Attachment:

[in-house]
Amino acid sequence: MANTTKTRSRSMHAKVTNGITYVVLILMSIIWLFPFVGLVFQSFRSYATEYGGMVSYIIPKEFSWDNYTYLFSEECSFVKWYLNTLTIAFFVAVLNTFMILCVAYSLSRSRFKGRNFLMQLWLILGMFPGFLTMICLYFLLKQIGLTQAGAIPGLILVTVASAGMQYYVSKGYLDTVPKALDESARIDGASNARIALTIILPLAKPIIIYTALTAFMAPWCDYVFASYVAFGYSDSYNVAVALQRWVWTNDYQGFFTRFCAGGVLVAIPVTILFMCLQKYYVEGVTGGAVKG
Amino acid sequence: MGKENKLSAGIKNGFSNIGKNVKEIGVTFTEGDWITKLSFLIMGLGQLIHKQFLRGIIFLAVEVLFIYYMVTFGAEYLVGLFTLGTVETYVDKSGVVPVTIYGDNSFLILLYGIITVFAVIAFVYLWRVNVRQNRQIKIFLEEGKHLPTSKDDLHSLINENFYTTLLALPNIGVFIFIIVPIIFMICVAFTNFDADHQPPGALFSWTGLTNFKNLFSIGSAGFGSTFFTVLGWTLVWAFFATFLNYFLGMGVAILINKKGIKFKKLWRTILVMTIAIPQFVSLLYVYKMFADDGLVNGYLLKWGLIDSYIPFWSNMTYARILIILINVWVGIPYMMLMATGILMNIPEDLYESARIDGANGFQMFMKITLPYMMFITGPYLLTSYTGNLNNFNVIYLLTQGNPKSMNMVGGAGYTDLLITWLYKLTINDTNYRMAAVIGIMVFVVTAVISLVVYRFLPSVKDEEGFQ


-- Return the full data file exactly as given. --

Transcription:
[in-house]
Amino acid sequence: MANTTKTRSRSMHAKVTNGITYVVLILMSIIWLFPFVGLVFQSFRSYATEYGGMVSYIIPKEFSWDNYTYLFSEECSFVKWYLNTLTIAFFVAVLNTFMILCVAYSLSRSRFKGRNFLMQLWLILGMFPGFLTMICLYFLLKQIGLTQAGAIPGLILVTVASAGMQYYVSKGYLDTVPKALDESARIDGASNARIALTIILPLAKPIIIYTALTAFMAPWCDYVFASYVAFGYSDSYNVAVALQRWVWTNDYQGFFTRFCAGGVLVAIPVTILFMCLQKYYVEGVTGGAVKG
Amino acid sequence: MGKENKLSAGIKNGFSNIGKNVKEIGVTFTEGDWITKLSFLIMGLGQLIHKQFLRGIIFLAVEVLFIYYMVTFGAEYLVGLFTLGTVETYVDKSGVVPVTIYGDNSFLILLYGIITVFAVIAFVYLWRVNVRQNRQIKIFLEEGKHLPTSKDDLHSLINENFYTTLLALPNIGVFIFIIVPIIFMICVAFTNFDADHQPPGALFSWTGLTNFKNLFSIGSAGFGSTFFTVLGWTLVWAFFATFLNYFLGMGVAILINKKGIKFKKLWRTILVMTIAIPQFVSLLYVYKMFADDGLVNGYLLKWGLIDSYIPFWSNMTYARILIILINVWVGIPYMMLMATGILMNIPEDLYESARIDGANGFQMFMKITLPYMMFITGPYLLTSYTGNLNNFNVIYLLTQGNPKSMNMVGGAGYTDLLITWLYKLTINDTNYRMAAVIGIMVFVVTAVISLVVYRFLPSVKDEEGFQ